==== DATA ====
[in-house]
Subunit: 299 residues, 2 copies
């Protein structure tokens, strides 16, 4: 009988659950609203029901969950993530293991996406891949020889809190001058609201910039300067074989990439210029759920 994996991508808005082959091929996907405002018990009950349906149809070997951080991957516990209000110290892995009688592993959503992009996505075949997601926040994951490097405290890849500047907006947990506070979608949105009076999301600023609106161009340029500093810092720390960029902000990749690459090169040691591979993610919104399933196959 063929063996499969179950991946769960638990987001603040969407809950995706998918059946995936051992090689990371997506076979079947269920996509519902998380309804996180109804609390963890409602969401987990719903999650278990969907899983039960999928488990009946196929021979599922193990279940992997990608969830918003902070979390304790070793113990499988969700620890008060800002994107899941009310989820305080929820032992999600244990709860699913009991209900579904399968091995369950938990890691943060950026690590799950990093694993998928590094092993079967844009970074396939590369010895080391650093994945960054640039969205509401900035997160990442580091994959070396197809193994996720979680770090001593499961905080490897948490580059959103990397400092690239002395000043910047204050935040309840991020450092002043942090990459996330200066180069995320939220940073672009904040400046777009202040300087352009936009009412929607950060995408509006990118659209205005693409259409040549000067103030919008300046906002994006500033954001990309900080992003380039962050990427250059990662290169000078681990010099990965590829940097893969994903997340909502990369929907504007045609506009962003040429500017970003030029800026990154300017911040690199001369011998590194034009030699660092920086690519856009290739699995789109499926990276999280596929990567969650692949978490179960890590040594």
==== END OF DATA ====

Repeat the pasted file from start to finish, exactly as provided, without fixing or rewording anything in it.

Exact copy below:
[in-house]
Subunit: 299 residues, 2 copies
């Protein structure tokens, strides 16, 4: 009988659950609203029901969950993530293991996406891949020889809190001058609201910039300067074989990439210029759920 994996991508808005082959091929996907405002018990009950349906149809070997951080991957516990209000110290892995009688592993959503992009996505075949997601926040994951490097405290890849500047907006947990506070979608949105009076999301600023609106161009340029500093810092720390960029902000990749690459090169040691591979993610919104399933196959 063929063996499969179950991946769960638990987001603040969407809950995706998918059946995936051992090689990371997506076979079947269920996509519902998380309804996180109804609390963890409602969401987990719903999650278990969907899983039960999928488990009946196929021979599922193990279940992997990608969830918003902070979390304790070793113990499988969700620890008060800002994107899941009310989820305080929820032992999600244990709860699913009991209900579904399968091995369950938990890691943060950026690590799950990093694993998928590094092993079967844009970074396939590369010895080391650093994945960054640039969205509401900035997160990442580091994959070396197809193994996720979680770090001593499961905080490897948490580059959103990397400092690239002395000043910047204050935040309840991020450092002043942090990459996330200066180069995320939220940073672009904040400046777009202040300087352009936009009412929607950060995408509006990118659209205005693409259409040549000067103030919008300046906002994006500033954001990309900080992003380039962050990427250059990662290169000078681990010099990965590829940097893969994903997340909502990369929907504007045609506009962003040429500017970003030029800026990154300017911040690199001369011998590194034009030699660092920086690519856009290739699995789109499926990276999280596929990567969650692949978490179960890590040594």